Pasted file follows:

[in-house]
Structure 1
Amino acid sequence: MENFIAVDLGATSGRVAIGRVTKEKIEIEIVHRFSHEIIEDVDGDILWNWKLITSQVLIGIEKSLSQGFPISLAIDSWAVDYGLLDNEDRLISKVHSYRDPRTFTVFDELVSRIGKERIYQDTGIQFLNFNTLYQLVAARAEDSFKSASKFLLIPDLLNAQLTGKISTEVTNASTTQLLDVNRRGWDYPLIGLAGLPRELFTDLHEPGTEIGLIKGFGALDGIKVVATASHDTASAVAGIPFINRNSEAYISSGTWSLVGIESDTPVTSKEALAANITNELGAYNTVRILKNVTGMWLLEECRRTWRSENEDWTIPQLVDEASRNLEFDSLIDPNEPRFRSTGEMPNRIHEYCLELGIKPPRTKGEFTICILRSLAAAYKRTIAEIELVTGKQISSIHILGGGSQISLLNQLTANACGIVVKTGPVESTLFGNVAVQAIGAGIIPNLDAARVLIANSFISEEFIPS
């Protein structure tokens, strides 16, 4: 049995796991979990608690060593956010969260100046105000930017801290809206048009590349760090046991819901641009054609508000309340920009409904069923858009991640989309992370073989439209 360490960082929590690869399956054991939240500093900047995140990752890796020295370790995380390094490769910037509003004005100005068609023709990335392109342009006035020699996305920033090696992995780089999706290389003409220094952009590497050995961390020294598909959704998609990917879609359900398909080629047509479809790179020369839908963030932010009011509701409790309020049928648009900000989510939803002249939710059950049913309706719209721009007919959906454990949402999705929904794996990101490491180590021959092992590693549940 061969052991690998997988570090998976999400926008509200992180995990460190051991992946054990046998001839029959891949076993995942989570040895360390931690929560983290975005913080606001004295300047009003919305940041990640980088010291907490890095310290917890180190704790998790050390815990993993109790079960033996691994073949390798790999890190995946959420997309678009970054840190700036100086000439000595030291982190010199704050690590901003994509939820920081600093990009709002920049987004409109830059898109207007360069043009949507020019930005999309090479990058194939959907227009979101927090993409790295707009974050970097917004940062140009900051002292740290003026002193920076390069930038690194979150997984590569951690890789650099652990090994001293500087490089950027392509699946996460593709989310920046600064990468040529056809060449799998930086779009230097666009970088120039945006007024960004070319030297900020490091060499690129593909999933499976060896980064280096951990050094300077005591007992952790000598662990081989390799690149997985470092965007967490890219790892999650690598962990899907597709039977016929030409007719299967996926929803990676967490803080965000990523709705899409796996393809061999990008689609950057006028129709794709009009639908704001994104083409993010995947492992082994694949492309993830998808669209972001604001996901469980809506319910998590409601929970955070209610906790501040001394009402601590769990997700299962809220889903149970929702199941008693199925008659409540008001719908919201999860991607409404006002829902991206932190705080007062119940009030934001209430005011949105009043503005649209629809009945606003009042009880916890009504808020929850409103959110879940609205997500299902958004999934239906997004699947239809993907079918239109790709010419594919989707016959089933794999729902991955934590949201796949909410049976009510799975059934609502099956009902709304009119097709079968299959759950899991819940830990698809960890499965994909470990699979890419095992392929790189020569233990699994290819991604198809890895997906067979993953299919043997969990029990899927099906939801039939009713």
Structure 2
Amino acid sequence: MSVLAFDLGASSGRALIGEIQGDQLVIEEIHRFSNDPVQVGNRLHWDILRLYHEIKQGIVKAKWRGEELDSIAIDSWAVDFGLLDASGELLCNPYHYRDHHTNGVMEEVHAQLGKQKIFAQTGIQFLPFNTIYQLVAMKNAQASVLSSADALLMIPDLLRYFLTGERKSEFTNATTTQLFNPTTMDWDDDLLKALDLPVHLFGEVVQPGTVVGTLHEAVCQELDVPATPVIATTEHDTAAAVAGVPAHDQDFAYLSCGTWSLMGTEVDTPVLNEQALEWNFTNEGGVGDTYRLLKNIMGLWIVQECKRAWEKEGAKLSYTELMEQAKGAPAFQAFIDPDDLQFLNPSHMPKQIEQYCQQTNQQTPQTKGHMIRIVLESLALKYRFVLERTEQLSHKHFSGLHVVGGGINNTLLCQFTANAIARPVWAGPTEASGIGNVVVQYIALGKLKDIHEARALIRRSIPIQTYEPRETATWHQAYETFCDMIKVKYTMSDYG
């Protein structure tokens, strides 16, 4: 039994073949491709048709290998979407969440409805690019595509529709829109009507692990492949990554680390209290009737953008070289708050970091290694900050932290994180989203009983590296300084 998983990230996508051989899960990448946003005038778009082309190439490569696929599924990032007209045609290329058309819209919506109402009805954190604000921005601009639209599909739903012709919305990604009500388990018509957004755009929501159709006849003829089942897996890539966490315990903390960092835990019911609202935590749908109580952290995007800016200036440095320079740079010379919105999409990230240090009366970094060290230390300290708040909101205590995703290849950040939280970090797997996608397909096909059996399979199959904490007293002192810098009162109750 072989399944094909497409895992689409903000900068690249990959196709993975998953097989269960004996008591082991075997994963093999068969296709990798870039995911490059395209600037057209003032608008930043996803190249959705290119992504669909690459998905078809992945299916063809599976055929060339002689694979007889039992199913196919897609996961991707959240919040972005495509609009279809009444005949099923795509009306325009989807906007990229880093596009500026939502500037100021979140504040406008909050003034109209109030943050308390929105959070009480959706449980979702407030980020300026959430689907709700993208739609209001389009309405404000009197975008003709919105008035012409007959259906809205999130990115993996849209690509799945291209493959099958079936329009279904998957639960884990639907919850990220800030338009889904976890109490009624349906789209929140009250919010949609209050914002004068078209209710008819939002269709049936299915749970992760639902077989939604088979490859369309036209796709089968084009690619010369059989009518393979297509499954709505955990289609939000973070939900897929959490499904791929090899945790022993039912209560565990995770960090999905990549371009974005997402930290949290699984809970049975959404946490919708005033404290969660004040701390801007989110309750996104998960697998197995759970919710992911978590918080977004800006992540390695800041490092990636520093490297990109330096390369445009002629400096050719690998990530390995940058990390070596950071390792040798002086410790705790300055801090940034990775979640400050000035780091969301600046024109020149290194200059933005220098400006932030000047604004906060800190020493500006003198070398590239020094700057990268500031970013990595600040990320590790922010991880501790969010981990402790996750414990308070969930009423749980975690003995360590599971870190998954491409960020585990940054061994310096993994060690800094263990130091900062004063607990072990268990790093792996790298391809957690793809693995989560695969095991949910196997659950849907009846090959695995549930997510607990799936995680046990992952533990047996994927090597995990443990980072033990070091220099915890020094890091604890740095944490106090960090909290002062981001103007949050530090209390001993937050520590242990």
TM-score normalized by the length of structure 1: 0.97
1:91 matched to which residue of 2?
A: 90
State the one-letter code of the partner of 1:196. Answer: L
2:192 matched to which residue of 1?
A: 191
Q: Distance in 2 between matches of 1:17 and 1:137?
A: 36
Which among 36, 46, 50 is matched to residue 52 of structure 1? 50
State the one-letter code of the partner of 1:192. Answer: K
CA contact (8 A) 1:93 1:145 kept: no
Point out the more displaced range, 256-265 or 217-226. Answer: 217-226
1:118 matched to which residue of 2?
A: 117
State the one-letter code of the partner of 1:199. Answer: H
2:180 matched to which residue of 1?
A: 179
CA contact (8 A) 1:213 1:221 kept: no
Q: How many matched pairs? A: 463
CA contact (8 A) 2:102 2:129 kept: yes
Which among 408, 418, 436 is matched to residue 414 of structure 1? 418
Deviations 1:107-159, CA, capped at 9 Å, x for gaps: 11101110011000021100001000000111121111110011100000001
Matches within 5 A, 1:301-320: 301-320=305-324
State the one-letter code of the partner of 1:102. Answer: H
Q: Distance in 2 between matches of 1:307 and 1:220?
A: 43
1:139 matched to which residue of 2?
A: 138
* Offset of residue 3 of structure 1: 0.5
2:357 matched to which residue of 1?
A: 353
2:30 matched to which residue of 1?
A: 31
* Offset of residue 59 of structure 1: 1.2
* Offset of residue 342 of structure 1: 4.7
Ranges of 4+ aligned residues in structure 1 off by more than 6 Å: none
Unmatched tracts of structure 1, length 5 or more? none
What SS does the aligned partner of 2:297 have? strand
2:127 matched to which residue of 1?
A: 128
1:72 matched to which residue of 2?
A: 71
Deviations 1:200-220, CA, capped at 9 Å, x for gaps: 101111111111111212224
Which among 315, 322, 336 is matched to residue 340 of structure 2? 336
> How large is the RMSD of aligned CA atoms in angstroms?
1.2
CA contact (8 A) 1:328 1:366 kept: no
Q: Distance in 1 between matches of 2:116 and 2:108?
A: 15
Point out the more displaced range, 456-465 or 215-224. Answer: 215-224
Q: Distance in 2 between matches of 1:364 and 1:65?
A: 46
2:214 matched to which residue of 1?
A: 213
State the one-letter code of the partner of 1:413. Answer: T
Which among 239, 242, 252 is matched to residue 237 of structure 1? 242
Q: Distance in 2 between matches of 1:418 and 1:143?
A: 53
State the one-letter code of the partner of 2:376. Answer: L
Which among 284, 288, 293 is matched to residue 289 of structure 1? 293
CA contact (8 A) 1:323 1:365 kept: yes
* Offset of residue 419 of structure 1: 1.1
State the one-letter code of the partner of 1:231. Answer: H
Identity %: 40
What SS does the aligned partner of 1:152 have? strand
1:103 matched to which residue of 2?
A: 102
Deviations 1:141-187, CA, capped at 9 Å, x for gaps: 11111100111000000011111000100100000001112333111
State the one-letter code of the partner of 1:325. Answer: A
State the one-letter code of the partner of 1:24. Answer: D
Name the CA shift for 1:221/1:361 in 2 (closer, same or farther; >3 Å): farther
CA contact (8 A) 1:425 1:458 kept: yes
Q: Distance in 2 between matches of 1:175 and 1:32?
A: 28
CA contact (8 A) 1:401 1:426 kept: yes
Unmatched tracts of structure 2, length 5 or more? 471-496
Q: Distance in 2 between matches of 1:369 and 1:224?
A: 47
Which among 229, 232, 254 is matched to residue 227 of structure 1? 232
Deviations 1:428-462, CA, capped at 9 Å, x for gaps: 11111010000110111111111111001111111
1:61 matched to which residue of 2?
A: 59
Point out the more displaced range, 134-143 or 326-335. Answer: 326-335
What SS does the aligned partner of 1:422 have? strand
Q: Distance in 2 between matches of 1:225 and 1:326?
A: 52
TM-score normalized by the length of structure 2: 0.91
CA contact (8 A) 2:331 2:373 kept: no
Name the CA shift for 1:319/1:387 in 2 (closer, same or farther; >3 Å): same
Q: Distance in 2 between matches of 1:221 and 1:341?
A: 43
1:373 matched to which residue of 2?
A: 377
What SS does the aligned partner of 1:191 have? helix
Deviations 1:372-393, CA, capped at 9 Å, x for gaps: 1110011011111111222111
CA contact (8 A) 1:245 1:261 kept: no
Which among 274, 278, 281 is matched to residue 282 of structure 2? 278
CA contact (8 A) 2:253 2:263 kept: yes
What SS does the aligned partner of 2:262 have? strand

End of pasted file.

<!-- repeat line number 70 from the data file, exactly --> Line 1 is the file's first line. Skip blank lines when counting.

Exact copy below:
State the one-letter code of the partner of 1:231. Answer: H